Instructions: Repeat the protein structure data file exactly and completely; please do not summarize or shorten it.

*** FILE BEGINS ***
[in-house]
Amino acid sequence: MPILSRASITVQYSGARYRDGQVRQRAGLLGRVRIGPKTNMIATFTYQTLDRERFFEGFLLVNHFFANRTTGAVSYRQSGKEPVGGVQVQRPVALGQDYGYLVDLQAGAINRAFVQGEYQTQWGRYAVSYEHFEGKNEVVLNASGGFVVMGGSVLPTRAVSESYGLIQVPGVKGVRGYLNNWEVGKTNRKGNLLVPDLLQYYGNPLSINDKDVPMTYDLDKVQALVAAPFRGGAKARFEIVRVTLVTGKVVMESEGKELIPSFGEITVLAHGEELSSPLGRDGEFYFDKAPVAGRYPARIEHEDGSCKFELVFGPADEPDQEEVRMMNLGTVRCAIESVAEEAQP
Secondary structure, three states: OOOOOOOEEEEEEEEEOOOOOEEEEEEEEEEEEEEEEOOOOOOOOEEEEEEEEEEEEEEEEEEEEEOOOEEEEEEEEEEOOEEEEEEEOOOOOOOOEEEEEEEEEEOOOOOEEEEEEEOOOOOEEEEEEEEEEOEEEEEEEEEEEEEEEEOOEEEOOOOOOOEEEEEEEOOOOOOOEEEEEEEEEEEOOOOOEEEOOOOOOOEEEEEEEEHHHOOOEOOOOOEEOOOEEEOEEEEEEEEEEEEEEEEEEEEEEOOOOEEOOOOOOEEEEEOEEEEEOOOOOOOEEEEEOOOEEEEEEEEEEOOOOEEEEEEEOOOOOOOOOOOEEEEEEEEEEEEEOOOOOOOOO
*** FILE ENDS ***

[in-house]
Amino acid sequence: MPILSRASITVQYSGARYRDGQVRQRAGLLGRVRIGPKTNMIATFTYQTLDRERFFEGFLLVNHFFANRTTGAVSYRQSGKEPVGGVQVQRPVALGQDYGYLVDLQAGAINRAFVQGEYQTQWGRYAVSYEHFEGKNEVVLNASGGFVVMGGSVLPTRAVSESYGLIQVPGVKGVRGYLNNWEVGKTNRKGNLLVPDLLQYYGNPLSINDKDVPMTYDLDKVQALVAAPFRGGAKARFEIVRVTLVTGKVVMESEGKELIPSFGEITVLAHGEELSSPLGRDGEFYFDKAPVAGRYPARIEHEDGSCKFELVFGPADEPDQEEVRMMNLGTVRCAIESVAEEAQP
Secondary structure, three states: OOOOOOOEEEEEEEEEOOOOOEEEEEEEEEEEEEEEEOOOOOOOOEEEEEEEEEEEEEEEEEEEEEOOOEEEEEEEEEEOOEEEEEEEOOOOOOOOEEEEEEEEEEOOOOOEEEEEEEOOOOOEEEEEEEEEEOEEEEEEEEEEEEEEEEOOEEEOOOOOOOEEEEEEEOOOOOOOEEEEEEEEEEEOOOOOEEEOOOOOOOEEEEEEEEHHHOOOEOOOOOEEOOOEEEOEEEEEEEEEEEEEEEEEEEEEEOOOOEEOOOOOOEEEEEOEEEEEOOOOOOOEEEEEOOOEEEEEEEEEEOOOOEEEEEEEOOOOOOOOOOOEEEEEEEEEEEEEOOOOOOOOO